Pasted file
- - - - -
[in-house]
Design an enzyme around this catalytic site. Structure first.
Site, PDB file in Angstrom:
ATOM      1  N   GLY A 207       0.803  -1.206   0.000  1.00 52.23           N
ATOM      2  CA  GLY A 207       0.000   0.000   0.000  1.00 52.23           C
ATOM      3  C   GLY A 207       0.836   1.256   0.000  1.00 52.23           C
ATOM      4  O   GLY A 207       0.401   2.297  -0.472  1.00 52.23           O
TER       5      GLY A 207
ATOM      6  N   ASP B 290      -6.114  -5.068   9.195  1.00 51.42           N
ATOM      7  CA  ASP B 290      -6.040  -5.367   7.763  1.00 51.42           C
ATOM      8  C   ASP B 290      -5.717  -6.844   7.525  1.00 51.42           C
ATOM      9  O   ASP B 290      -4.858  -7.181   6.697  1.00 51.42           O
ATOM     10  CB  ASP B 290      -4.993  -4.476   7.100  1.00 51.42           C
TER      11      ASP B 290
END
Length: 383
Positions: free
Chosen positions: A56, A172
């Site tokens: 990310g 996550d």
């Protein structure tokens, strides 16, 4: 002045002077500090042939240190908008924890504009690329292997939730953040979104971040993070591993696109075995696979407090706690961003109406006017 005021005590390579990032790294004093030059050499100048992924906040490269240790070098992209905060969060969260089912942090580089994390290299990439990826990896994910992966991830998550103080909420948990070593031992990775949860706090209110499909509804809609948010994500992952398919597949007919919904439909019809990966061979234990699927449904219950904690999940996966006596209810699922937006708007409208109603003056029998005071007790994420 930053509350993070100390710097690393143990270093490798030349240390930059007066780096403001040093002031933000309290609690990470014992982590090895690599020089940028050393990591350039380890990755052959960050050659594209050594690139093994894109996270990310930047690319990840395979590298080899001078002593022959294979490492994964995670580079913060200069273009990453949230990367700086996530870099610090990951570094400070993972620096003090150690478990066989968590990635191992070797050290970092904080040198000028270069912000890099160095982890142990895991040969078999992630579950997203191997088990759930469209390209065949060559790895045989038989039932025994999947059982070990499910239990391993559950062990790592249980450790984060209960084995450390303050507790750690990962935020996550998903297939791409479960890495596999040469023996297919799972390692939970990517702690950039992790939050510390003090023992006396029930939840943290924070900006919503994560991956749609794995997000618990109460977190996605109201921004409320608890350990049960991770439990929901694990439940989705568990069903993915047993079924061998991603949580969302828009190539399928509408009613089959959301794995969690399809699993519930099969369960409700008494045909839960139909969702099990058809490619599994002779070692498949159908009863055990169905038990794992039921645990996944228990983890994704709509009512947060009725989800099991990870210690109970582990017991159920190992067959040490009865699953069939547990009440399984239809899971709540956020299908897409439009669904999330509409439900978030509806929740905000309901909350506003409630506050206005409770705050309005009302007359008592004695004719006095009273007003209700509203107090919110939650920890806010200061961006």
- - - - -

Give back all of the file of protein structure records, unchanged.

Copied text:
[in-house]
Design an enzyme around this catalytic site. Structure first.
Site, PDB file in Angstrom:
ATOM      1  N   GLY A 207       0.803  -1.206   0.000  1.00 52.23           N
ATOM      2  CA  GLY A 207       0.000   0.000   0.000  1.00 52.23           C
ATOM      3  C   GLY A 207       0.836   1.256   0.000  1.00 52.23           C
ATOM      4  O   GLY A 207       0.401   2.297  -0.472  1.00 52.23           O
TER       5      GLY A 207
ATOM      6  N   ASP B 290      -6.114  -5.068   9.195  1.00 51.42           N
ATOM      7  CA  ASP B 290      -6.040  -5.367   7.763  1.00 51.42           C
ATOM      8  C   ASP B 290      -5.717  -6.844   7.525  1.00 51.42           C
ATOM      9  O   ASP B 290      -4.858  -7.181   6.697  1.00 51.42           O
ATOM     10  CB  ASP B 290      -4.993  -4.476   7.100  1.00 51.42           C
TER      11      ASP B 290
END
Length: 383
Positions: free
Chosen positions: A56, A172
């Site tokens: 990310g 996550d």
């Protein structure tokens, strides 16, 4: 002045002077500090042939240190908008924890504009690329292997939730953040979104971040993070591993696109075995696979407090706690961003109406006017 005021005590390579990032790294004093030059050499100048992924906040490269240790070098992209905060969060969260089912942090580089994390290299990439990826990896994910992966991830998550103080909420948990070593031992990775949860706090209110499909509804809609948010994500992952398919597949007919919904439909019809990966061979234990699927449904219950904690999940996966006596209810699922937006708007409208109603003056029998005071007790994420 930053509350993070100390710097690393143990270093490798030349240390930059007066780096403001040093002031933000309290609690990470014992982590090895690599020089940028050393990591350039380890990755052959960050050659594209050594690139093994894109996270990310930047690319990840395979590298080899001078002593022959294979490492994964995670580079913060200069273009990453949230990367700086996530870099610090990951570094400070993972620096003090150690478990066989968590990635191992070797050290970092904080040198000028270069912000890099160095982890142990895991040969078999992630579950997203191997088990759930469209390209065949060559790895045989038989039932025994999947059982070990499910239990391993559950062990790592249980450790984060209960084995450390303050507790750690990962935020996550998903297939791409479960890495596999040469023996297919799972390692939970990517702690950039992790939050510390003090023992006396029930939840943290924070900006919503994560991956749609794995997000618990109460977190996605109201921004409320608890350990049960991770439990929901694990439940989705568990069903993915047993079924061998991603949580969302828009190539399928509408009613089959959301794995969690399809699993519930099969369960409700008494045909839960139909969702099990058809490619599994002779070692498949159908009863055990169905038990794992039921645990996944228990983890994704709509009512947060009725989800099991990870210690109970582990017991159920190992067959040490009865699953069939547990009440399984239809899971709540956020299908897409439009669904999330509409439900978030509806929740905000309901909350506003409630506050206005409770705050309005009302007359008592004695004719006095009273007003209700509203107090919110939650920890806010200061961006």